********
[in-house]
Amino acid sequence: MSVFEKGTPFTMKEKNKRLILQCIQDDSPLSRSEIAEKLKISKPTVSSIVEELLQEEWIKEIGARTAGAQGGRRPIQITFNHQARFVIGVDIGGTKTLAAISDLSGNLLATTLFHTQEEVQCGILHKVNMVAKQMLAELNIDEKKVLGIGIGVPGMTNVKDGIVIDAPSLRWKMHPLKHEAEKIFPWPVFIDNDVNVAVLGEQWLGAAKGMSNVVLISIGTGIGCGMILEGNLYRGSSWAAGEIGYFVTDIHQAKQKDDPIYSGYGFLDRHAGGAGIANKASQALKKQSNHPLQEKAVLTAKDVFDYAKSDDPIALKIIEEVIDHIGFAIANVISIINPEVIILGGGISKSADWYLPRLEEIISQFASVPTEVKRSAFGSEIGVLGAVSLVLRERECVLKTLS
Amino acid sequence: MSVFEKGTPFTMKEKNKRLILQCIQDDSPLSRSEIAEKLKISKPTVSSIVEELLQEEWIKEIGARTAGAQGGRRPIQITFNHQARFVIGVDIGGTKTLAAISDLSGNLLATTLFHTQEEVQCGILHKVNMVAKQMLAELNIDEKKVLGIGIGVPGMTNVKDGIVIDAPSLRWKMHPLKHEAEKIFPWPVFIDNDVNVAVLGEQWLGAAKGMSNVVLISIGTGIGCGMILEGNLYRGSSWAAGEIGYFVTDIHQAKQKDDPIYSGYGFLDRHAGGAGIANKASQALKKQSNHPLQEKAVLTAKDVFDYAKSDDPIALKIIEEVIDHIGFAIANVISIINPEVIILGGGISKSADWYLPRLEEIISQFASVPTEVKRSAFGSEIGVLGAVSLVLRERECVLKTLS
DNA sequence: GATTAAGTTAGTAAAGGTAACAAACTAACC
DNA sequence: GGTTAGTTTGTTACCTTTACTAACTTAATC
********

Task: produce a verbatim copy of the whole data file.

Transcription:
[in-house]
Amino acid sequence: MSVFEKGTPFTMKEKNKRLILQCIQDDSPLSRSEIAEKLKISKPTVSSIVEELLQEEWIKEIGARTAGAQGGRRPIQITFNHQARFVIGVDIGGTKTLAAISDLSGNLLATTLFHTQEEVQCGILHKVNMVAKQMLAELNIDEKKVLGIGIGVPGMTNVKDGIVIDAPSLRWKMHPLKHEAEKIFPWPVFIDNDVNVAVLGEQWLGAAKGMSNVVLISIGTGIGCGMILEGNLYRGSSWAAGEIGYFVTDIHQAKQKDDPIYSGYGFLDRHAGGAGIANKASQALKKQSNHPLQEKAVLTAKDVFDYAKSDDPIALKIIEEVIDHIGFAIANVISIINPEVIILGGGISKSADWYLPRLEEIISQFASVPTEVKRSAFGSEIGVLGAVSLVLRERECVLKTLS
Amino acid sequence: MSVFEKGTPFTMKEKNKRLILQCIQDDSPLSRSEIAEKLKISKPTVSSIVEELLQEEWIKEIGARTAGAQGGRRPIQITFNHQARFVIGVDIGGTKTLAAISDLSGNLLATTLFHTQEEVQCGILHKVNMVAKQMLAELNIDEKKVLGIGIGVPGMTNVKDGIVIDAPSLRWKMHPLKHEAEKIFPWPVFIDNDVNVAVLGEQWLGAAKGMSNVVLISIGTGIGCGMILEGNLYRGSSWAAGEIGYFVTDIHQAKQKDDPIYSGYGFLDRHAGGAGIANKASQALKKQSNHPLQEKAVLTAKDVFDYAKSDDPIALKIIEEVIDHIGFAIANVISIINPEVIILGGGISKSADWYLPRLEEIISQFASVPTEVKRSAFGSEIGVLGAVSLVLRERECVLKTLS
DNA sequence: GATTAAGTTAGTAAAGGTAACAAACTAACC
DNA sequence: GGTTAGTTTGTTACCTTTACTAACTTAATC